DECREASE

first pass effect

drug biotransforamtion that will reduce the quantity of drug that reaches circulation.
-per os administration
-occurs due to gastric enzymes

distribution

movment of drugs from blood to tissues

what affects distribution ofa drug?

concentration
make up of the drug
steady state
protien binding
tissue binding
ion trapping

steady state

the formation of a substance is equal to its removal.
affected by area, permability, membranes, bld flow and concentration

tissues that are highly perfused

brain, heart, kidney, liver, endocrine glands

protein binding

bound drugs are inactive and are unable to be filtere, metabolized, or distributed.
-reversible, pro-longs half-life
-keeps the drug high in the plasma low in the tissue.
mostly bind to albumin

what affect does liver failure have on protein binding?!

protein bidning will be decreasebecause the liver amkes the palsma proteins

tissue binding consequences:

may increase the concentration of a drug in a tissue
drug is pulled outof the plasma
the tissue will hold onto the drug which will increase the time the drug is in the body

Nonionized drugs exert a diffusion pressure? T or F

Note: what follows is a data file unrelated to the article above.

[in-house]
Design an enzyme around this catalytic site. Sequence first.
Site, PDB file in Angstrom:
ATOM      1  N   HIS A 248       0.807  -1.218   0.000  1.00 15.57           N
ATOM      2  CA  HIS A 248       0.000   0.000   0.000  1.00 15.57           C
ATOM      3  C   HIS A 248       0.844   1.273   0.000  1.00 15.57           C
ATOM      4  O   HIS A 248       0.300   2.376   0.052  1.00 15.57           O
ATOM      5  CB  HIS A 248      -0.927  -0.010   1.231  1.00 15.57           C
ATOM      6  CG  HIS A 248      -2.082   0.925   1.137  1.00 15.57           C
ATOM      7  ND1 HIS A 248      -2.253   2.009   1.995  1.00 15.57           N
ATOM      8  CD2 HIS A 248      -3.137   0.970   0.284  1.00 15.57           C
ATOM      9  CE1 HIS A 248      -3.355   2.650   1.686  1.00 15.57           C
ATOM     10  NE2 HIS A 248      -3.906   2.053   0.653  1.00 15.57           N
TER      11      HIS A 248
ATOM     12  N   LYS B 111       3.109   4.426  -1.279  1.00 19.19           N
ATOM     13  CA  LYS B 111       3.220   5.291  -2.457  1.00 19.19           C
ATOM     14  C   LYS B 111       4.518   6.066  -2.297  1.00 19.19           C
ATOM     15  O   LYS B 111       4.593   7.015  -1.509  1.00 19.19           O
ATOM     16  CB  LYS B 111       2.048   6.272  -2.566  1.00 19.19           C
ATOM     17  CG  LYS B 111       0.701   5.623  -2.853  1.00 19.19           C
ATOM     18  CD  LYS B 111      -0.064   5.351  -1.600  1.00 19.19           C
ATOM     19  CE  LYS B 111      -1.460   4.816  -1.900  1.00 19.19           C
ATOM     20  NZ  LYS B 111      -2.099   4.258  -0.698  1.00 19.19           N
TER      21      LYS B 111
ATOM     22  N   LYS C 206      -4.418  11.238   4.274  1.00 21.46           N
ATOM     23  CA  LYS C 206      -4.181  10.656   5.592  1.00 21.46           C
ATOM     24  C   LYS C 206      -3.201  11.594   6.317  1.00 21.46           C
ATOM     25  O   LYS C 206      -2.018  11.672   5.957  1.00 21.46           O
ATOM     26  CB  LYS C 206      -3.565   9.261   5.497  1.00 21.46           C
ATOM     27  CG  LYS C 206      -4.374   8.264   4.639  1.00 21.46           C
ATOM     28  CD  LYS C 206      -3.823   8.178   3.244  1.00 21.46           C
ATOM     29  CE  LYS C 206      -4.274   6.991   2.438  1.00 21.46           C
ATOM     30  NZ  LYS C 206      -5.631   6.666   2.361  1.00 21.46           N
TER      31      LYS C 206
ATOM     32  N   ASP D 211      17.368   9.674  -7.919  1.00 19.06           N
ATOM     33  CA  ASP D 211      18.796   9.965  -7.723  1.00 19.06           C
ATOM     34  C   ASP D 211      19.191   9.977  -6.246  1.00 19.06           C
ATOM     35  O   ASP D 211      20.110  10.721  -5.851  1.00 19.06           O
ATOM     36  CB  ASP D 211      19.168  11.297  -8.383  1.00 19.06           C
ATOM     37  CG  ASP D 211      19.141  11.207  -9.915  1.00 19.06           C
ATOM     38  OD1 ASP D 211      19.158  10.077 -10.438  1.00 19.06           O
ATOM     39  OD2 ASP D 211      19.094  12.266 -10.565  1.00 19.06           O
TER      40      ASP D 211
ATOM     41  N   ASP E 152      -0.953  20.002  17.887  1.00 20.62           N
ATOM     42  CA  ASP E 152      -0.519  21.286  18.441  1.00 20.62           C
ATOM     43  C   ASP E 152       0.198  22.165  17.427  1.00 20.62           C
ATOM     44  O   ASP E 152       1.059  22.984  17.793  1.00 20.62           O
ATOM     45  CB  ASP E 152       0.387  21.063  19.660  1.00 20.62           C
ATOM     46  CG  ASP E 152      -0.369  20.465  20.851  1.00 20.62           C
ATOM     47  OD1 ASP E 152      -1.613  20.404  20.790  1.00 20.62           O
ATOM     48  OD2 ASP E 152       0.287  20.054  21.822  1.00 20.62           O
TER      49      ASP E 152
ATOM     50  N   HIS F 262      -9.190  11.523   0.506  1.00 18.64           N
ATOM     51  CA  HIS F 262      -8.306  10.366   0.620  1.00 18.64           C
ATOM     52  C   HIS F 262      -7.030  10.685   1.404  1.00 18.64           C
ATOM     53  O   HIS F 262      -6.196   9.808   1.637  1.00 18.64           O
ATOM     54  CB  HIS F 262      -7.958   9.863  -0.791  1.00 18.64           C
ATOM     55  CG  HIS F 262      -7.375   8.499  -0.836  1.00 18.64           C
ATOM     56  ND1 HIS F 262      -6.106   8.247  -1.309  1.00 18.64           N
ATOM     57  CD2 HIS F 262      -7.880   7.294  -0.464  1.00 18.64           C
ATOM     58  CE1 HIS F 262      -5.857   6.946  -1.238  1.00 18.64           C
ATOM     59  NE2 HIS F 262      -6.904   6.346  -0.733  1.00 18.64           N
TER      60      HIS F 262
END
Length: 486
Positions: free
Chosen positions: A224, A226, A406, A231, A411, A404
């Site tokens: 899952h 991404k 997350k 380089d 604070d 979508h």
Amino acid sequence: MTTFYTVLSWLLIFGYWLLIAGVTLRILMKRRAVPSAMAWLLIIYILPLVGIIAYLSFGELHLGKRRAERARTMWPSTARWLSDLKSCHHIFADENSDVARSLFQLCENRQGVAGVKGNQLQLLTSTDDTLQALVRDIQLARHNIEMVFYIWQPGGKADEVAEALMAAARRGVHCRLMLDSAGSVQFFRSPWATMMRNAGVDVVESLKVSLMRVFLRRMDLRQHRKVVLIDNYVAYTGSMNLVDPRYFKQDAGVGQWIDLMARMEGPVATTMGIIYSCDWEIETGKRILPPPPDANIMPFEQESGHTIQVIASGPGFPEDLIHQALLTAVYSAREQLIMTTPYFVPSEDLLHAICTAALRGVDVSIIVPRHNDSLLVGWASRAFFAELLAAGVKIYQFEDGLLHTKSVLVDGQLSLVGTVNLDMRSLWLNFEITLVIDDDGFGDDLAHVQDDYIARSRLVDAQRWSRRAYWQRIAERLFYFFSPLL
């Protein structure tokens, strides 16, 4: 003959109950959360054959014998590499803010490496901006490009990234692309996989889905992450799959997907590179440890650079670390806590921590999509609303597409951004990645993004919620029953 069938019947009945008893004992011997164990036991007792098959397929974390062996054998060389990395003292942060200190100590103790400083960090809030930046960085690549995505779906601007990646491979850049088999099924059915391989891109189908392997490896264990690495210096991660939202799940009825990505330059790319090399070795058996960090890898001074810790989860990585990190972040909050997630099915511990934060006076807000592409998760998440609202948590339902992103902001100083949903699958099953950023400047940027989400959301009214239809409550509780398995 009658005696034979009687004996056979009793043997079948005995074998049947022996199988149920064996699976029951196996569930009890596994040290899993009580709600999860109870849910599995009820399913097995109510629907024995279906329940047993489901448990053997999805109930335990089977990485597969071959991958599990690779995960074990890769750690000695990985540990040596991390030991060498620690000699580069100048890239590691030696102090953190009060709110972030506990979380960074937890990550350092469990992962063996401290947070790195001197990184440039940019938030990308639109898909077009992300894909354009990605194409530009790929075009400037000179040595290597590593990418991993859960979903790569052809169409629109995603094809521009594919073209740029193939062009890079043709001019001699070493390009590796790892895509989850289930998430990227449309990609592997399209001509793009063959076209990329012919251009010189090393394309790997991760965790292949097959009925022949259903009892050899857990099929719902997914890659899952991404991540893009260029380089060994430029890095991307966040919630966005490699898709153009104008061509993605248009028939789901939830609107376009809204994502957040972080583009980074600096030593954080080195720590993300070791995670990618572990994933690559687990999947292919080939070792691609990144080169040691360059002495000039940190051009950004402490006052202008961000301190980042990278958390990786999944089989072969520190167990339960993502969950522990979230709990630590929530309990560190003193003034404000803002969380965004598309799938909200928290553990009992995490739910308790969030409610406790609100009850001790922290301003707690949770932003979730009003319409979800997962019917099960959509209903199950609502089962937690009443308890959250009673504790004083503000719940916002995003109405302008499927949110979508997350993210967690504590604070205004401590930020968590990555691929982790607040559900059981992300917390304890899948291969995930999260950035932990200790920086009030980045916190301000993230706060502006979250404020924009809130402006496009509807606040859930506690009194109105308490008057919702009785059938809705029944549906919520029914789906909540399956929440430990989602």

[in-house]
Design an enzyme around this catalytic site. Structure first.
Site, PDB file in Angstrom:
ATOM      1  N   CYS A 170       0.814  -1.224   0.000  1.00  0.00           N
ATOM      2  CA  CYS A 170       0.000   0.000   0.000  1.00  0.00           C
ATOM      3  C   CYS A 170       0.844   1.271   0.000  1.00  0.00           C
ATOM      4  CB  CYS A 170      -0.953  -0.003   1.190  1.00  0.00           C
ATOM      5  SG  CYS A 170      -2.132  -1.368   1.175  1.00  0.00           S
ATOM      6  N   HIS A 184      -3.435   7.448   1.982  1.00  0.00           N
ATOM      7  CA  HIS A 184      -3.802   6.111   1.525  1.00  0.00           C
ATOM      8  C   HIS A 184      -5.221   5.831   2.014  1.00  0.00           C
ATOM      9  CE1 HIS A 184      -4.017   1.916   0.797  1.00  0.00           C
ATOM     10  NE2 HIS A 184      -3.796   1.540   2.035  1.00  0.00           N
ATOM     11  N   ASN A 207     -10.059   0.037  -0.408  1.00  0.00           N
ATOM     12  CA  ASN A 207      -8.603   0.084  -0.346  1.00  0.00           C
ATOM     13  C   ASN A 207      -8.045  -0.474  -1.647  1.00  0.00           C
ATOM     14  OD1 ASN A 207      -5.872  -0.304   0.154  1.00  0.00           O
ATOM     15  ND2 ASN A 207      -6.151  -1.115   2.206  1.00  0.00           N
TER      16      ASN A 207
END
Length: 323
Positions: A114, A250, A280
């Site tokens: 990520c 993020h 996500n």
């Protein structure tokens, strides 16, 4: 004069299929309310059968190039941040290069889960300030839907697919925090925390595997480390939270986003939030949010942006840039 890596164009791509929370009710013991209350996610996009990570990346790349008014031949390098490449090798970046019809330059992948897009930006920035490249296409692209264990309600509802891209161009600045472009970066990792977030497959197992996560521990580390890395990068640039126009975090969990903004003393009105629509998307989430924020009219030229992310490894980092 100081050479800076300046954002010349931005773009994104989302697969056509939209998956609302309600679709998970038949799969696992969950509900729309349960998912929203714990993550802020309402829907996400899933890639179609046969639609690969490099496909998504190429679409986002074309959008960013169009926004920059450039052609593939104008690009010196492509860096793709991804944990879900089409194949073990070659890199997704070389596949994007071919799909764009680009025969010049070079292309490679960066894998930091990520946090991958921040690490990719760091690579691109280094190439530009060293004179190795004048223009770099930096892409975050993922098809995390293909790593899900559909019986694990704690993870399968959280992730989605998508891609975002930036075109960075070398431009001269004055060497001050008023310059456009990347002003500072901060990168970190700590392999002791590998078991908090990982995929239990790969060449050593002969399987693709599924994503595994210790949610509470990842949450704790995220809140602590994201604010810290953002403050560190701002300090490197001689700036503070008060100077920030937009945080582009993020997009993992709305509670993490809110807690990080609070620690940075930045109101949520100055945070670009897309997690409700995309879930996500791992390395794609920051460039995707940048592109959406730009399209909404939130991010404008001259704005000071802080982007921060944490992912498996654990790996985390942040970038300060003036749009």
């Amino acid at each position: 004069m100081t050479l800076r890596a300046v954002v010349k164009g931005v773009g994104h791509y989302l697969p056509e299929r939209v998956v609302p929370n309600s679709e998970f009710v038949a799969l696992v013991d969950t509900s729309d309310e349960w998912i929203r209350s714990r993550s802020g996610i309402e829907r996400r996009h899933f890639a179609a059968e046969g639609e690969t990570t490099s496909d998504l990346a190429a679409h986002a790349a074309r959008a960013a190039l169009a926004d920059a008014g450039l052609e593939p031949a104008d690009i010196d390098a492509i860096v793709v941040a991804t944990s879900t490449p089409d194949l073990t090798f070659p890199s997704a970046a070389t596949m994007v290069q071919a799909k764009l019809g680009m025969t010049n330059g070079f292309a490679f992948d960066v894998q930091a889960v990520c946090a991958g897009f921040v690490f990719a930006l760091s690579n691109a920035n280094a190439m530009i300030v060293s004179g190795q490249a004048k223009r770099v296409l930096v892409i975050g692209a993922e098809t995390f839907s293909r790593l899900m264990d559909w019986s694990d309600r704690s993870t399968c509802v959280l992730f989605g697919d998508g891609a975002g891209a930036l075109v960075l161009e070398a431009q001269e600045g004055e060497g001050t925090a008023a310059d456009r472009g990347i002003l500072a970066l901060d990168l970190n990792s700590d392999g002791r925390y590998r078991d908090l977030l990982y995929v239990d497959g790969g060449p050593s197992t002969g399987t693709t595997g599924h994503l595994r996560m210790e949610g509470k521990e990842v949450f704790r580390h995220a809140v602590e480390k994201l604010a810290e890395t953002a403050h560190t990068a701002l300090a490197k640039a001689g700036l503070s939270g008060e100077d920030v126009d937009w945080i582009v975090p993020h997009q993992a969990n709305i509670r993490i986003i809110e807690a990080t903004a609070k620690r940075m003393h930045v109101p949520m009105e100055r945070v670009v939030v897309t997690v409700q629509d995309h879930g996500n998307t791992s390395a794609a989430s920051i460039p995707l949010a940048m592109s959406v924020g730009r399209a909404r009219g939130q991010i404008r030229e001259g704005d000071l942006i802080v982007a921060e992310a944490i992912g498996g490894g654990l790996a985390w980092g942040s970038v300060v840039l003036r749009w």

TRUE!!

weak acids are trapped in...

basic compartments

acid compartments trap______.

weak bases

disposition

the study of the movment of drugs across biological memrbanes form the time of absorption until elmination

simple diffuion

movment from high concentration to low concentration. dependent on lipid solubility

partition coefficient

oil : water ratio
increase the ratio = increase passive diffusion

lipophilic and hydrophilic =

ETOH

hydrophobic molceules

O2 and N2

small uncharged polar molecules

urea and water
can passively diffuse

large uncharged polar molecuels

glucose and sucrose
will not diffuse

ions

will not pas the lipid barrier

T or F? It is possible to look at the pK and determine if a drug is a weak acid or base?

FALSE!

strong acid + weak base =

SALT
(Hcl, H2SO4, PO4)

strong base + weak acid =

salt
(NaOH, Ca2OH, KOH)

pinocytosis

specific type of endocytosis in which the cell engulfs the molecule of drug.
often receptor mediated
no electrochemical gradient

one compartment model

all tissues and organs which the drug penetrates behaves as if they were already in equilibrium with the blood

Vd <1 =

stays in blood

Vd =-1 =

wide distribution

Vd > 1 =

very wide distribution

elimination is measure by?

Half-life and total body clearance

most drugs follow_____

1st order kinetics.

1st order kinetics

the rate of removal of a drug from the plasma is proportional to the concentration at a given time

biotransformation

chemical alteration of the drug molecule in the body which will change the physicochemical properties of the drug and its pharmacological activity

sites of biotransformation

liver, intestine, renal tubules, blood

where does biotransformation occur in the liver?

ER ---specifically the microsome

cytochrome P450

"microsomal oxidase system"

P450 system can cause what type of reactions?

oxidation, reduction, hydrolysis, and conjugation

_______ are targets for cytochrom P450 system

lipophilic drugs

consequences of the P450 system